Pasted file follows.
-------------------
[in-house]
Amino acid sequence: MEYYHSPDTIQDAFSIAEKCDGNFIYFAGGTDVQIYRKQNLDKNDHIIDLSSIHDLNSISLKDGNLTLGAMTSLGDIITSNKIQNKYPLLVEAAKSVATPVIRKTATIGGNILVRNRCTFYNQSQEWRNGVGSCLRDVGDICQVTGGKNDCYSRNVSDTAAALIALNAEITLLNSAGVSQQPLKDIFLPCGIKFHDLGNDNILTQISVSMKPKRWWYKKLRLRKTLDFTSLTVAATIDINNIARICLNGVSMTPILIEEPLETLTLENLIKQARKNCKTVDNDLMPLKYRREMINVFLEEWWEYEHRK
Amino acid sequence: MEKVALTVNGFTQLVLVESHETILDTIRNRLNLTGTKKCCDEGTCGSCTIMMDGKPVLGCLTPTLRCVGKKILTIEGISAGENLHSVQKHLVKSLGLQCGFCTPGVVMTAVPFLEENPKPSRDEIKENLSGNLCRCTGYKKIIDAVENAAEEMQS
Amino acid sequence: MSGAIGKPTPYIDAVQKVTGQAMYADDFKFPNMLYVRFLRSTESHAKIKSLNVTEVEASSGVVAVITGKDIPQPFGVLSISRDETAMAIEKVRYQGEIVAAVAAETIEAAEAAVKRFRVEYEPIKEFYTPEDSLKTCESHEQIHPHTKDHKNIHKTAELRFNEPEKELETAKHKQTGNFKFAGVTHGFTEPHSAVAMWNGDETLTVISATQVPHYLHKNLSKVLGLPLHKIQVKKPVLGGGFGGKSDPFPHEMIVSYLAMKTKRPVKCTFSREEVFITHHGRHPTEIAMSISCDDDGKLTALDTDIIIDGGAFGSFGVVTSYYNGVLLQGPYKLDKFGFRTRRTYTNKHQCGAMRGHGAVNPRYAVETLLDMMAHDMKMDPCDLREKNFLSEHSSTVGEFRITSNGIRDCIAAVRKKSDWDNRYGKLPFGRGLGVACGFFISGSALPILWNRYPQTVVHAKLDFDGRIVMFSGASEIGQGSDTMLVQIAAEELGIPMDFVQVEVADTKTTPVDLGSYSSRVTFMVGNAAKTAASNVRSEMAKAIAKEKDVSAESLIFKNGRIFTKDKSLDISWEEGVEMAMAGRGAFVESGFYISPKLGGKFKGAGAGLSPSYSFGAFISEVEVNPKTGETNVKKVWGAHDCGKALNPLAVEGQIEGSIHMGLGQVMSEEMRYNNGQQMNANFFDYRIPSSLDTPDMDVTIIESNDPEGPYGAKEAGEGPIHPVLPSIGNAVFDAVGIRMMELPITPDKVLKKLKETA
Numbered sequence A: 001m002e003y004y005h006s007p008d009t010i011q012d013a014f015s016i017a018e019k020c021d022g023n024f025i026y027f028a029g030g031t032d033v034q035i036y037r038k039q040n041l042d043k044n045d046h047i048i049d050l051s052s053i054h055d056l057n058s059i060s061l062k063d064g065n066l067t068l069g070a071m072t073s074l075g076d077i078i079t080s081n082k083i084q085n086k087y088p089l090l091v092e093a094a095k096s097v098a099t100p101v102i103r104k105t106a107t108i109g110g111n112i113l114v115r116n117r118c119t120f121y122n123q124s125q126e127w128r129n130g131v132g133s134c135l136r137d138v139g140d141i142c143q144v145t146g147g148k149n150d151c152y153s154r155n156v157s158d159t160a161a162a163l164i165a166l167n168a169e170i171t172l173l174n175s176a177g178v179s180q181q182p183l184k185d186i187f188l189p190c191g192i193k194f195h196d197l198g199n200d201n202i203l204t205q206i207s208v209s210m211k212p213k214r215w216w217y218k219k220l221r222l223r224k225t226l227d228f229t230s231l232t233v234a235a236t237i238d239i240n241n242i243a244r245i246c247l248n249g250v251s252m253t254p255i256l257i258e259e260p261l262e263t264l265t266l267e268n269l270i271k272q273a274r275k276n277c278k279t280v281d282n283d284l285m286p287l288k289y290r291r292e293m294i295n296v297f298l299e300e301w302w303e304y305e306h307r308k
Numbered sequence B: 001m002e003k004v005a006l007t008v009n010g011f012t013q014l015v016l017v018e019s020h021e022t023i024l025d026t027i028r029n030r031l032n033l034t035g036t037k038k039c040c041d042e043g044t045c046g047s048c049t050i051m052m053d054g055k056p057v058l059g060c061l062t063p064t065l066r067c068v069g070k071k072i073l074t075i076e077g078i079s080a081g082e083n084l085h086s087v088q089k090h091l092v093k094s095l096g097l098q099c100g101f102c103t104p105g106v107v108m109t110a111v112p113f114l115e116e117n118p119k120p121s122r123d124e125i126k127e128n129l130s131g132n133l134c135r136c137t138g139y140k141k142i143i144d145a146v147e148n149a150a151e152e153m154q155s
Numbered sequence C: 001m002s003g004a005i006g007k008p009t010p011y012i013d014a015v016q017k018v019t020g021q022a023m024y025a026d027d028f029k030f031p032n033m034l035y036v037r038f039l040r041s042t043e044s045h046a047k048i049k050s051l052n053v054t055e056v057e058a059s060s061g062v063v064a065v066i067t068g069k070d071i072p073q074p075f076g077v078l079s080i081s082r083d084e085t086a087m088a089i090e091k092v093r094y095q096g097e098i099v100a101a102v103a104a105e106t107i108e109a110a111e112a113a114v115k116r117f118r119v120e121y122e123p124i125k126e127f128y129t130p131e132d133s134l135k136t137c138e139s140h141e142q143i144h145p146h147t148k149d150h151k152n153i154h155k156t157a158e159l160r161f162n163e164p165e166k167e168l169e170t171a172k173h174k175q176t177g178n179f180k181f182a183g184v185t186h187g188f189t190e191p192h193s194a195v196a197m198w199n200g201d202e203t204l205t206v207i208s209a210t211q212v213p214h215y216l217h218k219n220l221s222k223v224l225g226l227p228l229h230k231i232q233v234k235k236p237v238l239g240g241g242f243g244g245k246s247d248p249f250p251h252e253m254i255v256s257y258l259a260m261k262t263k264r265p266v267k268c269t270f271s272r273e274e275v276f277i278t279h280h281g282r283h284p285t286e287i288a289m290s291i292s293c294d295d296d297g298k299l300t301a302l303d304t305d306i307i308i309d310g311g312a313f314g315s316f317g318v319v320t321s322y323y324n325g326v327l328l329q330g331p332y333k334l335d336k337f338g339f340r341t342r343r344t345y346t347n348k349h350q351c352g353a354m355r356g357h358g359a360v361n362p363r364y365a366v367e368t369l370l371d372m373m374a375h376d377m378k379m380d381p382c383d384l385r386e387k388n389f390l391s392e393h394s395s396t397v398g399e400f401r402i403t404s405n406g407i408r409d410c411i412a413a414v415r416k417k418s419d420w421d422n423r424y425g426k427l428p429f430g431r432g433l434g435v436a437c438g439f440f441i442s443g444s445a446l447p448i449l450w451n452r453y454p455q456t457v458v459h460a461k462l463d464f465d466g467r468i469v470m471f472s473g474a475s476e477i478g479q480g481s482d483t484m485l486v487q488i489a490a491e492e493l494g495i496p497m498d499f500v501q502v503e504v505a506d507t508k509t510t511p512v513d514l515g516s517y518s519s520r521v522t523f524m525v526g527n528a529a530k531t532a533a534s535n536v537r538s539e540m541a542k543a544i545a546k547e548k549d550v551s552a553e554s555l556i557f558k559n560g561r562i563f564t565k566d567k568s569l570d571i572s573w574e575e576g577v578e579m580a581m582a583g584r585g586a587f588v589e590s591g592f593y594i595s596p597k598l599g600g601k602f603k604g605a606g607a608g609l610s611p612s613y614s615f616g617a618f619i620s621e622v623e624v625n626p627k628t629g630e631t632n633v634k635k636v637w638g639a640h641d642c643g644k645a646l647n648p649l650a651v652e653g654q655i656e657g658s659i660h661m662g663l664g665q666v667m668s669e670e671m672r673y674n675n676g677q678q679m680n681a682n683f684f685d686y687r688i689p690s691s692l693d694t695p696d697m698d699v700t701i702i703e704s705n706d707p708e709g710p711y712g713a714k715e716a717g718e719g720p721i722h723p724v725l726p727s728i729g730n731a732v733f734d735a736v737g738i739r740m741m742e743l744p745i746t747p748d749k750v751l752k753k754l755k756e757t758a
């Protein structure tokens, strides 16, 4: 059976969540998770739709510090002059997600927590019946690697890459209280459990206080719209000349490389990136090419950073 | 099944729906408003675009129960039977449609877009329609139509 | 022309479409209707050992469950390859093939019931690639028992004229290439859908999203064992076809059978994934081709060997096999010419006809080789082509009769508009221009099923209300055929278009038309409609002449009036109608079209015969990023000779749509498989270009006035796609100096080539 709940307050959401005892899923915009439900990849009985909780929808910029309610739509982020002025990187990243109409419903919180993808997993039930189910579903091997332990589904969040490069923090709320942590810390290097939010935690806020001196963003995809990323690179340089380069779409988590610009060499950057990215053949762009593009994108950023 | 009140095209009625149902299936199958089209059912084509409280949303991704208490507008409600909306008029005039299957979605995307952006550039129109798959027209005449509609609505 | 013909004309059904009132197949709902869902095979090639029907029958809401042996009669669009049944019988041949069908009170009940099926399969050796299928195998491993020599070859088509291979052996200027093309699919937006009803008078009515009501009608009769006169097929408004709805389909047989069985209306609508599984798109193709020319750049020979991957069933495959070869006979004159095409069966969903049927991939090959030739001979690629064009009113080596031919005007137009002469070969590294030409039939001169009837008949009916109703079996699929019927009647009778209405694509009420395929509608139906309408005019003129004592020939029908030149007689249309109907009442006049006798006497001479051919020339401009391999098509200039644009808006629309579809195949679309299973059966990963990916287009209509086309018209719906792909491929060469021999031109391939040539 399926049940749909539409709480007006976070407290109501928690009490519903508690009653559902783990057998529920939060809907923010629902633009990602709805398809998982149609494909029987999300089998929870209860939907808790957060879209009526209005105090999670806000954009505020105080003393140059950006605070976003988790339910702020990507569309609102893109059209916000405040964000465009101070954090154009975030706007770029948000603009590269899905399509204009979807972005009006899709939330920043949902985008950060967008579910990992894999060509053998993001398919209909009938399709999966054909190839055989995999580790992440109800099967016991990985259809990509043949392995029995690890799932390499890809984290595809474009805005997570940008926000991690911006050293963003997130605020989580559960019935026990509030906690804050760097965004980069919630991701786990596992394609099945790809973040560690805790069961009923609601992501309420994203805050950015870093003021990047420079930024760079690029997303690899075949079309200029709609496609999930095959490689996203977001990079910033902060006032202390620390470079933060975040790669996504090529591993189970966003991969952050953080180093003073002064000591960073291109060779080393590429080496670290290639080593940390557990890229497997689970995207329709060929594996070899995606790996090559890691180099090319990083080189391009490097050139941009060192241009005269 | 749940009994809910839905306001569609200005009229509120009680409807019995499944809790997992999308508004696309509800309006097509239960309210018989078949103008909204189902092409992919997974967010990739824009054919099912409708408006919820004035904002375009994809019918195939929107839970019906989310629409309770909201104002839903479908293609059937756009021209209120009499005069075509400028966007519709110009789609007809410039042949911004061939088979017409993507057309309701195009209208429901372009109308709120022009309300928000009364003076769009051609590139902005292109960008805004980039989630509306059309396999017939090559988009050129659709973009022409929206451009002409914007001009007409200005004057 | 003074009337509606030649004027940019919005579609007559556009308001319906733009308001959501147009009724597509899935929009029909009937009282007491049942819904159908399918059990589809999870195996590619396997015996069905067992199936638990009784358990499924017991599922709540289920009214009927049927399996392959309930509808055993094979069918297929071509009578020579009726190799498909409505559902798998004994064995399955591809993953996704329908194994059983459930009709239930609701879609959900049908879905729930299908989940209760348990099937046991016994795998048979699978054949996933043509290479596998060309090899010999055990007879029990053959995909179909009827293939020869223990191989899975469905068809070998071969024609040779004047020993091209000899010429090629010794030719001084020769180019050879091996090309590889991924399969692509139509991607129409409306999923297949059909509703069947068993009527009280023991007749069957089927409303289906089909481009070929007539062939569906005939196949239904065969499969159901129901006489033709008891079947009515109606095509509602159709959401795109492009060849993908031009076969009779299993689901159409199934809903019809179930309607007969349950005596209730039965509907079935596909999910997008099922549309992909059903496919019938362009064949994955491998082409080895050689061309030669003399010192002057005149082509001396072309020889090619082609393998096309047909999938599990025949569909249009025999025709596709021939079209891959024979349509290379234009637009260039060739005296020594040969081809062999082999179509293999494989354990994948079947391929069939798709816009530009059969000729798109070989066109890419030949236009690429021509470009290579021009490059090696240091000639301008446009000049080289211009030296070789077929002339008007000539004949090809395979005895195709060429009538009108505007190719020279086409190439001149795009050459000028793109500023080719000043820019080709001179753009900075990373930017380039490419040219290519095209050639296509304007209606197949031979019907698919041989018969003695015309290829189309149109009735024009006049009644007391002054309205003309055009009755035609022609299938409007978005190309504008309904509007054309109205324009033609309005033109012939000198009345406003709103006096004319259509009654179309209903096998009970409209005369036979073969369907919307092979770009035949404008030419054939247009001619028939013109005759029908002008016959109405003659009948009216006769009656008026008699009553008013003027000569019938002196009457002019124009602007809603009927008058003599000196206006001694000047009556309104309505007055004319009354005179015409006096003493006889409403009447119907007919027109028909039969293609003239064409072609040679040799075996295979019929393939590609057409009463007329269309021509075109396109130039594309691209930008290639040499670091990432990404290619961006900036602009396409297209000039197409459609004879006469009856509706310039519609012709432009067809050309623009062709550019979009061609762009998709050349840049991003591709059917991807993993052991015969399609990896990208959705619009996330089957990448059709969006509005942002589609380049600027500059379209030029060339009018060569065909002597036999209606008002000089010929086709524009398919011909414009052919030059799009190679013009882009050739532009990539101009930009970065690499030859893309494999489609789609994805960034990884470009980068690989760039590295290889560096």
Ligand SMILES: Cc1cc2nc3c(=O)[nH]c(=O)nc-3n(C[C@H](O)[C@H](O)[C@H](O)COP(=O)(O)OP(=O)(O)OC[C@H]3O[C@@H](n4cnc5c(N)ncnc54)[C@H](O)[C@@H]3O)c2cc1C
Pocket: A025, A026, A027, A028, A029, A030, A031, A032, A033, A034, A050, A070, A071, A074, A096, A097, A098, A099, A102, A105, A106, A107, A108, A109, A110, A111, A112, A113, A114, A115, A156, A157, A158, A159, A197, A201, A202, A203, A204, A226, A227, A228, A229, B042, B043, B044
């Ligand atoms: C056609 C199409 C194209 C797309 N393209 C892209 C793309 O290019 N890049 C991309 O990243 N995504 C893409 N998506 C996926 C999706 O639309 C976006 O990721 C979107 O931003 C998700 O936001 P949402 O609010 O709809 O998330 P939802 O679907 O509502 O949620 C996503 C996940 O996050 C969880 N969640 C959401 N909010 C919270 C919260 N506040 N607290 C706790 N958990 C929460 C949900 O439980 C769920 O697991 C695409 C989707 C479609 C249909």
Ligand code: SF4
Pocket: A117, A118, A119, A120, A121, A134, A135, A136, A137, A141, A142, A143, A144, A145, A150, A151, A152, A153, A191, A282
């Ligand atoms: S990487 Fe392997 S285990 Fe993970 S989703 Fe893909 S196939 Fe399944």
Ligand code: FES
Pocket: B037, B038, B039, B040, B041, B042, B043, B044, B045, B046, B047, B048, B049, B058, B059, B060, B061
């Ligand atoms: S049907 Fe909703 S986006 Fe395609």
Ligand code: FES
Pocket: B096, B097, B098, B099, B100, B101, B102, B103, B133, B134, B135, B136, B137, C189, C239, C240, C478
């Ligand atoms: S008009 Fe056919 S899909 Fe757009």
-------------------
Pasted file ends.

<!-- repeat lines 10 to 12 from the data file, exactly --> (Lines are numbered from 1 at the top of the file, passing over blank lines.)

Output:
Pocket: A025, A026, A027, A028, A029, A030, A031, A032, A033, A034, A050, A070, A071, A074, A096, A097, A098, A099, A102, A105, A106, A107, A108, A109, A110, A111, A112, A113, A114, A115, A156, A157, A158, A159, A197, A201, A202, A203, A204, A226, A227, A228, A229, B042, B043, B044
């Ligand atoms: C056609 C199409 C194209 C797309 N393209 C892209 C793309 O290019 N890049 C991309 O990243 N995504 C893409 N998506 C996926 C999706 O639309 C976006 O990721 C979107 O931003 C998700 O936001 P949402 O609010 O709809 O998330 P939802 O679907 O509502 O949620 C996503 C996940 O996050 C969880 N969640 C959401 N909010 C919270 C919260 N506040 N607290 C706790 N958990 C929460 C949900 O439980 C769920 O697991 C695409 C989707 C479609 C249909």
Ligand code: SF4